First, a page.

Francesco Cirillo – Dinamiche di team di sviluppo
Alberto Falossi – Crowdfunding (Prezi!!!!)
Luca Mascaro – UX design agile
Maurizio Delmonte – Come avviene Plone
Elvira Berlingieri – I nuovi modelli di business developer centered: un`analisi giuridica.
Giuliano Prati – Enterprise microblog per il Project Management
Omar Cafini – Sviluppare e vendere applicazioni per iPhone
Fabio Franzini – Sviluppare applicazioni mobile native in html e java script
Stefano Sanna – Application Store: opportunita’ e trappole
Luca Mearelli – WorseSoftware
Antonio Volpon – Recruitment2.0
(updated) Giordano Scalzo – Better Software Developers
(updated) Giovanni Intini – Agile tricks
(updated) Giacomo ‘Peldi’ Guilizzoni – Alcune lezioni che ho imparato negli ultimi due anni
(updated) Daniele Montagni, Davide Cerbo, Stefano Linguerri – Playing between the clouds
(update) Fabio Castronuovo – Management Agile e Improvvisazione Jazz
(update) Pietro Polsinelli – Una Homepage memorabile
(update) Roberto Cobianchi – Il project management degli avatar
(update) Leandro Agrò – Una storia di SW dai protocolli alla startup
(update) Salvatore Laisa – Augmented Reality e il web
A lot of good stuff!!!
If you know where to find other presentations from BetterSoftware2010, please let me know.
I’ve been working with Pisa University for years now: Prof.Davini and Prof.Cisternino are always a good source of inspiration and a good resource when things are getting interesting. I’ve just discovered that in the group of these good guys there is also Alberto Falossi. Alberto is together a geek and an economist, and expert of Social Media and a teacher (you can follow him on Twitter or Friendfeed too).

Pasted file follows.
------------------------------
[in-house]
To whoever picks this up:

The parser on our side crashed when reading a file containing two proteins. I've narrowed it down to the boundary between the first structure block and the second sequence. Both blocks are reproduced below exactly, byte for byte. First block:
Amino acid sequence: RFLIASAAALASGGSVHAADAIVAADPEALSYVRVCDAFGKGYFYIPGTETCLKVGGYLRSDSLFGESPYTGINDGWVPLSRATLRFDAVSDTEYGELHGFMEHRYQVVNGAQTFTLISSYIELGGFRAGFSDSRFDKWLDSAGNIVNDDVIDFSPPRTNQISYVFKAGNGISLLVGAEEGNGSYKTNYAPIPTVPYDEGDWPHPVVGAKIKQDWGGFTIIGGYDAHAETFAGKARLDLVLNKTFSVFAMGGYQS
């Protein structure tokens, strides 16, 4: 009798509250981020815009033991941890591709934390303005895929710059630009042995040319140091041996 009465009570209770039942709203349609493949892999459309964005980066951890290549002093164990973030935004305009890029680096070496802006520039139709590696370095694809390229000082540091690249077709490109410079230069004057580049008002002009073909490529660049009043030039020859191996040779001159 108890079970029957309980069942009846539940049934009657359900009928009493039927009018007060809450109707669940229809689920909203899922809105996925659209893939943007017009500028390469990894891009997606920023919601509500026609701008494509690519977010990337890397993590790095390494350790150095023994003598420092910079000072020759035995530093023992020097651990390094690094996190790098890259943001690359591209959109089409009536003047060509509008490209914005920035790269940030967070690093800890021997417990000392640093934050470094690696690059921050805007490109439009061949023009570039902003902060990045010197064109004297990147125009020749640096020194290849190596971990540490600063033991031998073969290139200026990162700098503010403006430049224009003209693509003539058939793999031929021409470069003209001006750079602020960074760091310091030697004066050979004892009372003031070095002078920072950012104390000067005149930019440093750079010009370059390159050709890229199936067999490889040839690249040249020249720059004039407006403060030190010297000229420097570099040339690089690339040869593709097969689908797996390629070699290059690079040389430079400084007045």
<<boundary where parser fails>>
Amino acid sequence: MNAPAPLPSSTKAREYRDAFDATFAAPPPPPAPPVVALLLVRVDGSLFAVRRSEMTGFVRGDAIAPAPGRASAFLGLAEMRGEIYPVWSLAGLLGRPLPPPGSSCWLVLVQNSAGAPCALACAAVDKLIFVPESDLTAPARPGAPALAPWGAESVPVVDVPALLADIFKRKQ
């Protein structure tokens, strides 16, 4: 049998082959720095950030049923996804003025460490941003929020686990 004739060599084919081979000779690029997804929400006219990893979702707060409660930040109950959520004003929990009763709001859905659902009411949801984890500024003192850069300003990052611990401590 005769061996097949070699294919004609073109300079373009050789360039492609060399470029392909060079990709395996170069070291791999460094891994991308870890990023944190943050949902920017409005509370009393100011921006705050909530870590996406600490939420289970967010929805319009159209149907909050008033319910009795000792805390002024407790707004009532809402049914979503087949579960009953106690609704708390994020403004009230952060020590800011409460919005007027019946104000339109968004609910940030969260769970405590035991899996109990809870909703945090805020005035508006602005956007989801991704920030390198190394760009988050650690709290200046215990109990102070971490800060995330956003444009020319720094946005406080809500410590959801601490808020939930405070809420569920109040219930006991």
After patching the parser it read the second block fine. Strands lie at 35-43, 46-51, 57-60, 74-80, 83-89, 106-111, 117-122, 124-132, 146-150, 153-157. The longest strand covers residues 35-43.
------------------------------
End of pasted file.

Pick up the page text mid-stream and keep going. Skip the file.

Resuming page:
Alberto is going to present, at BetterSoftware 2010 (#bsw2010 on Twitter), Crowdfunding – Financing an idea with the Web:
PierG: Alberto, can you explain to all of us what crowdfunding is?
Alberto: Crowdfunding means raising money online through donations or shares. It’s something that has always been around – online and offline. In the past it was mainly used for charity or for political campaigns, now is out there available for anyone thanks to the web and to social networks. You can use crowdfunding to fund activities like publishing a book or recording a CD but you can use it also for personal stuff like a special birthday, a trip or a wedding.
PierG: So is crowdfunding a real alternative? and what’s the rationale bewtween choosing crowdfunding or a more conventional sourcing strategy?
Alberto: Crowdfunding works when involved people share the same goal and trust who’s collecting money. So a good communication strategy is needed and a wise use of social media is a key factor: there are people who have many and many contacts in Twitter and that can collect thousands of dollars in few hours. Recently I’ve collected in the Kapipalist Manifesto (http://www.kapipal.com/manifesto) the basic principles of crowdfunding.
PierG: And now my last question, very appropriate due to the topic of your talk: in your opinion why is it so difficult in Italy to start your own product company?
Alberto: On top of the old and well known shortage of financial support (seed and venture capital), in Italy we have a cultural barrier due to a poor risk attitude …. and this has a negative impact on the overall system.